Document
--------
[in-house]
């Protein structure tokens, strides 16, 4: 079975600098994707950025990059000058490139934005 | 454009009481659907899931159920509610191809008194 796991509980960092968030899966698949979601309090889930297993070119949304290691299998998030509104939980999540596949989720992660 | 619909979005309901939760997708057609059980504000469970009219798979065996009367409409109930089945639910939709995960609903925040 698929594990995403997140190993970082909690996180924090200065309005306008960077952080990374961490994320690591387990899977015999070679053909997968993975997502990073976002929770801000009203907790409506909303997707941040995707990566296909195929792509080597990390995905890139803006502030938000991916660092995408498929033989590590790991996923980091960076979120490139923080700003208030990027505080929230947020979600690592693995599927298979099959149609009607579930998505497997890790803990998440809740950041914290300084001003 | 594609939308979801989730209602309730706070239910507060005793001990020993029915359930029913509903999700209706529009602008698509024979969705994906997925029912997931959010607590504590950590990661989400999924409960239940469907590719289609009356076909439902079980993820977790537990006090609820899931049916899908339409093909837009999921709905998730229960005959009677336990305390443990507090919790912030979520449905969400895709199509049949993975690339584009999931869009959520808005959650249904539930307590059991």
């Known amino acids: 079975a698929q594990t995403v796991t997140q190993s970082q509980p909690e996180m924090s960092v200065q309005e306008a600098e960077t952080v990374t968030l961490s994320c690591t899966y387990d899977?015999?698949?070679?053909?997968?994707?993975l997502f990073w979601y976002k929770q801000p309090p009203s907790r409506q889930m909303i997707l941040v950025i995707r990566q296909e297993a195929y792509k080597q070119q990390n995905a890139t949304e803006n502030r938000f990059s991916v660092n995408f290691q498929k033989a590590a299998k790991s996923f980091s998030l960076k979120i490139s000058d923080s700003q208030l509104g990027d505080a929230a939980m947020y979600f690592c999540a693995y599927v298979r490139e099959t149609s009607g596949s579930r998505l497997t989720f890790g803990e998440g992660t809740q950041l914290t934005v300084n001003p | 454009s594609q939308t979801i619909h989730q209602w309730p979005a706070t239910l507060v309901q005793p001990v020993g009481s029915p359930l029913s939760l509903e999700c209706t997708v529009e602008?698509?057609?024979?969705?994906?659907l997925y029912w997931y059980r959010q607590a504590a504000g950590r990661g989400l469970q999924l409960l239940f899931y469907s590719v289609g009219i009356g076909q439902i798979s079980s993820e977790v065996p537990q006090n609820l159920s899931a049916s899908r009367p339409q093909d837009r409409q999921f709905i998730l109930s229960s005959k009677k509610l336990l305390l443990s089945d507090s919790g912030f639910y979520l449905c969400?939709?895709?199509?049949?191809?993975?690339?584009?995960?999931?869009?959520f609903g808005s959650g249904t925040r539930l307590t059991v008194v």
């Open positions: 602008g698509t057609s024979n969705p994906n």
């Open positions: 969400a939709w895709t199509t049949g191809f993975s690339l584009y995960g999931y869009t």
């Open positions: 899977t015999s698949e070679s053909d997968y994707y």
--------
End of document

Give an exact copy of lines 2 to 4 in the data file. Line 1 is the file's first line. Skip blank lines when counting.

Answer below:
């Protein structure tokens, strides 16, 4: 079975600098994707950025990059000058490139934005 | 454009009481659907899931159920509610191809008194 796991509980960092968030899966698949979601309090889930297993070119949304290691299998998030509104939980999540596949989720992660 | 619909979005309901939760997708057609059980504000469970009219798979065996009367409409109930089945639910939709995960609903925040 698929594990995403997140190993970082909690996180924090200065309005306008960077952080990374961490994320690591387990899977015999070679053909997968993975997502990073976002929770801000009203907790409506909303997707941040995707990566296909195929792509080597990390995905890139803006502030938000991916660092995408498929033989590590790991996923980091960076979120490139923080700003208030990027505080929230947020979600690592693995599927298979099959149609009607579930998505497997890790803990998440809740950041914290300084001003 | 594609939308979801989730209602309730706070239910507060005793001990020993029915359930029913509903999700209706529009602008698509024979969705994906997925029912997931959010607590504590950590990661989400999924409960239940469907590719289609009356076909439902079980993820977790537990006090609820899931049916899908339409093909837009999921709905998730229960005959009677336990305390443990507090919790912030979520449905969400895709199509049949993975690339584009999931869009959520808005959650249904539930307590059991």
């Known amino acids: 079975a698929q594990t995403v796991t997140q190993s970082q509980p909690e996180m924090s960092v200065q309005e306008a600098e960077t952080v990374t968030l961490s994320c690591t899966y387990d899977?015999?698949?070679?053909?997968?994707?993975l997502f990073w979601y976002k929770q801000p309090p009203s907790r409506q889930m909303i997707l941040v950025i995707r990566q296909e297993a195929y792509k080597q070119q990390n995905a890139t949304e803006n502030r938000f990059s991916v660092n995408f290691q498929k033989a590590a299998k790991s996923f980091s998030l960076k979120i490139s000058d923080s700003q208030l509104g990027d505080a929230a939980m947020y979600f690592c999540a693995y599927v298979r490139e099959t149609s009607g596949s579930r998505l497997t989720f890790g803990e998440g992660t809740q950041l914290t934005v300084n001003p | 454009s594609q939308t979801i619909h989730q209602w309730p979005a706070t239910l507060v309901q005793p001990v020993g009481s029915p359930l029913s939760l509903e999700c209706t997708v529009e602008?698509?057609?024979?969705?994906?659907l997925y029912w997931y059980r959010q607590a504590a504000g950590r990661g989400l469970q999924l409960l239940f899931y469907s590719v289609g009219i009356g076909q439902i798979s079980s993820e977790v065996p537990q006090n609820l159920s899931a049916s899908r009367p339409q093909d837009r409409q999921f709905i998730l109930s229960s005959k009677k509610l336990l305390l443990s089945d507090s919790g912030f639910y979520l449905c969400?939709?895709?199509?049949?191809?993975?690339?584009?995960?999931?869009?959520f609903g808005s959650g249904t925040r539930l307590t059991v008194v």
């Open positions: 602008g698509t057609s024979n969705p994906n």